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I just arrived to an extremely weird ODE and I was wondering how could I solve it: $$ y'(x)+2y(x)+3y(-x)=0. $$ Actually, I am not even sure if it is possible to prove that it has a unique solution (provided an initial condition). I tried to put it on wolfram alpha but I didn't get anything. My first thought was to use "separation of variables" method but I don't think that it will help because of the term $y(-x)$. Actually I am completely clueless.

Edit: I am actually wondering if this ODE has non-symmetric solutions, that is, neither odd nor even solutions.

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  • $\begingroup$ @DinnoKoluh Oh yes, sorry maybe I forgot to say. I am actually trying to understand if this ODE has nonsymmetric solutions (I mean, non-odd neither even solutions) $\endgroup$ – Sharik Apr 2 at 21:24
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    $\begingroup$ Oh, okay. One trivial that I see is $y(x) = 0$. $\endgroup$ – Dinno Koluh Apr 2 at 21:25
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Decompose $y(x)$ as a sum of its even and odd part:

$$y(x) = y_e(x) + y_o(x)\quad\text{with}\quad \begin{cases} y_e(x) &= \frac12(y(x) + y(-x))\\ y_o(x) &= \frac12(y(x) - y(-x))\end{cases}$$ The ODE becomes

$$(y_e+y_o)' + 2(y_e+y_o) + 3(y_e-y_o) = 0\tag{*1a}$$ Subsititute $x$ by $-x$ and notice under such a change, $\frac{d}{dx}$ and $y_o$ picks up a minus sign while $y_e$ remains the same. We get $$-(y_e - y_o)' + 2(y_e - y_o) + 3(y_e + y_o) = 0\tag{*1b}$$ Combined $(*1a)$ and $(*1b)$, we get

$$y'_o + 5y_e = y'_e - y_o = 0\quad\implies\quad y''_e + 5y_e = 0 $$ This implies $$y_e(x) = A \cos(\sqrt{5}x) + B\sin(\sqrt{5}x)$$ for suitably chosen constants $A, B$. Since $y_e(x)$ is even, $B = 0$ and hence $$y_e(x) = A\cos(\sqrt{5}x) \quad\implies\quad y_o(x) = y'_e(x) = -A\sqrt{5}\sin(\sqrt{5}x)$$ Since $A = y_e(0) = y(0)$, we have

$$y(x) = y(0)(\cos(\sqrt{5}x) - \sqrt{5}\sin(\sqrt{5}x)) $$

Up to an overall scaling factor $A = y(0)$, this solution is unique.

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Consider the function $B(x)=y(-x)$ and name $A(x)=y(x)$. Then one can show that the following system of equations is satisfied

$$\begin{Bmatrix}A'=-2A-3B\\B'=3A+2B\end{Bmatrix}$$

Adding and subtracting the two equations we obtain that

$$\begin{Bmatrix}(A+B)'=A-B\\(A-B)'=-5(A+B)\end{Bmatrix}$$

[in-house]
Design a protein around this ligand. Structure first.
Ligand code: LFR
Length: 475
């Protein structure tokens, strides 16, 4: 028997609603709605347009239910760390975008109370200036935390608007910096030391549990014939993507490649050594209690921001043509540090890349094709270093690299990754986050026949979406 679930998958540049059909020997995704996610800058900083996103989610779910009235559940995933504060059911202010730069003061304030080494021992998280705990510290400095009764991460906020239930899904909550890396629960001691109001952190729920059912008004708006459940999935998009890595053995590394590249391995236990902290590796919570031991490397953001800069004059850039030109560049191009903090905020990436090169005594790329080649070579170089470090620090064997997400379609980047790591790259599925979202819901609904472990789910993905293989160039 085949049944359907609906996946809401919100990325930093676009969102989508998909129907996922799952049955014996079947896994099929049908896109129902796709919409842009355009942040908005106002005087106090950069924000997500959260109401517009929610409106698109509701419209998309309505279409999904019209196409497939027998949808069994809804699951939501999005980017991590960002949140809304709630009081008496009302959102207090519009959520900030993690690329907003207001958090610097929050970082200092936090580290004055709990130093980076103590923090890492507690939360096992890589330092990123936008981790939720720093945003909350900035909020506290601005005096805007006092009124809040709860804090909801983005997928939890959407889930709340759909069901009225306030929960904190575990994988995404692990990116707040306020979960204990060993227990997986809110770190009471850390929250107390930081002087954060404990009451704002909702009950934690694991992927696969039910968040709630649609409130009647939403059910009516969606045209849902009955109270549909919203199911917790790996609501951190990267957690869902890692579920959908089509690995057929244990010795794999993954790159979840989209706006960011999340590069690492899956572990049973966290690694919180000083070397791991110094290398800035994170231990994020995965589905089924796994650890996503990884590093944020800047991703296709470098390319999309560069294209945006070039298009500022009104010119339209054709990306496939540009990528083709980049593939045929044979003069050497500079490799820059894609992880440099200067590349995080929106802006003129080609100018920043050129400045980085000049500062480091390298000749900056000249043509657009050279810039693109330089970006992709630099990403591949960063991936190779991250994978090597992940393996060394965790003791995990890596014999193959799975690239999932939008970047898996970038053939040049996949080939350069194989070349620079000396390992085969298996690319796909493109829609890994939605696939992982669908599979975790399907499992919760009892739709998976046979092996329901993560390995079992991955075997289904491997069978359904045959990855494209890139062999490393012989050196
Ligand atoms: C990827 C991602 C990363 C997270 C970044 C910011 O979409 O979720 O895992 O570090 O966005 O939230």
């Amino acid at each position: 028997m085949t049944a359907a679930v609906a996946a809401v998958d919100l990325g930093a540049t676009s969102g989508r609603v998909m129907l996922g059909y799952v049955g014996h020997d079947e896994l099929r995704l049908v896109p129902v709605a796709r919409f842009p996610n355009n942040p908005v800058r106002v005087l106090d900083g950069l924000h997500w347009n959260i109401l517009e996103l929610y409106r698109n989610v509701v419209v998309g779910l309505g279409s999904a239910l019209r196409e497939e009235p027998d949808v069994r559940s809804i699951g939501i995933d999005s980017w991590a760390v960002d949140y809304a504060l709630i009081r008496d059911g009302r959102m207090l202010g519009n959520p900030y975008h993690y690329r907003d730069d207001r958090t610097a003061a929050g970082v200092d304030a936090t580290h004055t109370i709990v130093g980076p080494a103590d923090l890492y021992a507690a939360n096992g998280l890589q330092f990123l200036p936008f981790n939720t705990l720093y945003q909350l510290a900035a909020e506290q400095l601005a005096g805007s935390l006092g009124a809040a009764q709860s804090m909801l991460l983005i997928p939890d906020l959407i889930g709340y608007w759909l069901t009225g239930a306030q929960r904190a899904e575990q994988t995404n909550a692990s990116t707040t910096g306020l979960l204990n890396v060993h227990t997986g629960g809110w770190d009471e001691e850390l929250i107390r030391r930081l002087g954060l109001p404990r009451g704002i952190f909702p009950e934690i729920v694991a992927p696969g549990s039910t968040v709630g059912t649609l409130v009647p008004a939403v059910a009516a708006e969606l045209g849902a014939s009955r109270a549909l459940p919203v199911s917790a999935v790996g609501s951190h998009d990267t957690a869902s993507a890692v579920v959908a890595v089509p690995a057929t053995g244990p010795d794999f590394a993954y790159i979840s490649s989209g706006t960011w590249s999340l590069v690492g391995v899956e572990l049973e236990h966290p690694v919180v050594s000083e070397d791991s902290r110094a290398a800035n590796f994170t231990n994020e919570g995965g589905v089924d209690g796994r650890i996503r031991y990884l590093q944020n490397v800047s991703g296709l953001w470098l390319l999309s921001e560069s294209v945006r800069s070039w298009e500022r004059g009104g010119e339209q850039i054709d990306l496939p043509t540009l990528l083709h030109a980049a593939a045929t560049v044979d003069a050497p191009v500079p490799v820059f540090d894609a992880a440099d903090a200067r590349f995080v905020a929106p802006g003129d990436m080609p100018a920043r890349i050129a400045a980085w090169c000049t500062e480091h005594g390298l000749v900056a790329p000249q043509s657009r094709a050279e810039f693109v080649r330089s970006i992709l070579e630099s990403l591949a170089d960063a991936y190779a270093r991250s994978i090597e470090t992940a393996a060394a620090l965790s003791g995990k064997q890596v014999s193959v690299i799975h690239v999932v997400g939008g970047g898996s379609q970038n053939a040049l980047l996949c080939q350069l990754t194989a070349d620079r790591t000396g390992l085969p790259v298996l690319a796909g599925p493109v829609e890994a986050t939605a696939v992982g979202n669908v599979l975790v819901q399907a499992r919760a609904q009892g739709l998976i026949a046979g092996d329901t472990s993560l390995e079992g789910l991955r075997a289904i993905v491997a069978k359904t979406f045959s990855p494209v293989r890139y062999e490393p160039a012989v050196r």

from which we can deduce that both the even and odd parts of $y(x)$ obey the equation

$$y_e''(x)+5y_e(x)=y_o''(x)+5y_o(x)=0$$

Thus we conclude that

$$y(x)=y_e(x)+y_o(x)=A\cos(\sqrt{5}x)+B\sin(\sqrt{5}x)$$

Substituting into the original equation we find that

$$(-A\sqrt{5}-B)\sin(\sqrt{5}x)+(B\sqrt{5}+5A)\cos(\sqrt{5}x)=0$$

which implies that the equation is satisfied if $A\sqrt{5}+B=0$ and thus the general solution to the equation reads

$$y(x)=A(\cos(\sqrt{5}x)-\sqrt{5}\sin(\sqrt5x))=y(0)(\cos(\sqrt{5}x)-\sqrt{5}\sin(\sqrt5x))$$

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Multiply through by $e^{2x}$ and we find $[e^{2x}y(x)]'=-3e^{2x}y(-x)$. Integrating, we have $y(x)=y(0)e^{-2x}-3\int_0^xe^{2(t-x)}y(-t)\,dt$. Suppose $y(0)=0$ is demanded in that we restrict our attention to the Banach space $X_a=\{f\in C([-a,a]): f(0)=0\}$. Now define $$ T(f)(x)=f(0)e^{-2x}-3\int_0^xe^{2(t-x)}f(-t)\,dt=-3\int_0^xe^{2(t-x)}f(-t)\,dt. $$

Then for any two elements $f$ and $g$, we have $$ |T(f)(x)-T(g)(x)| \leq ||f-g||_\infty \left[3\int_0^xe^{2(t-x)}\,dt \right]=\frac{3}{2}(1-e^{-2x})||f-g||_\infty . $$ Make $a$ as small as possible so that the coefficient $\alpha=\frac{3}{2}(1-e^{-2a})<1$. Then $T$ is a contraction mapping. Moreover, for any disk $D_r=\{f: ||f||_\infty \leq r\}$, we see that $$ |T(f)(x)|\leq \alpha r \leq r $$ so $T$ maps a disk to itself. Therefore, there exists a unique solution on this space. Since $y=0$ solves the problem, it is the only solution.

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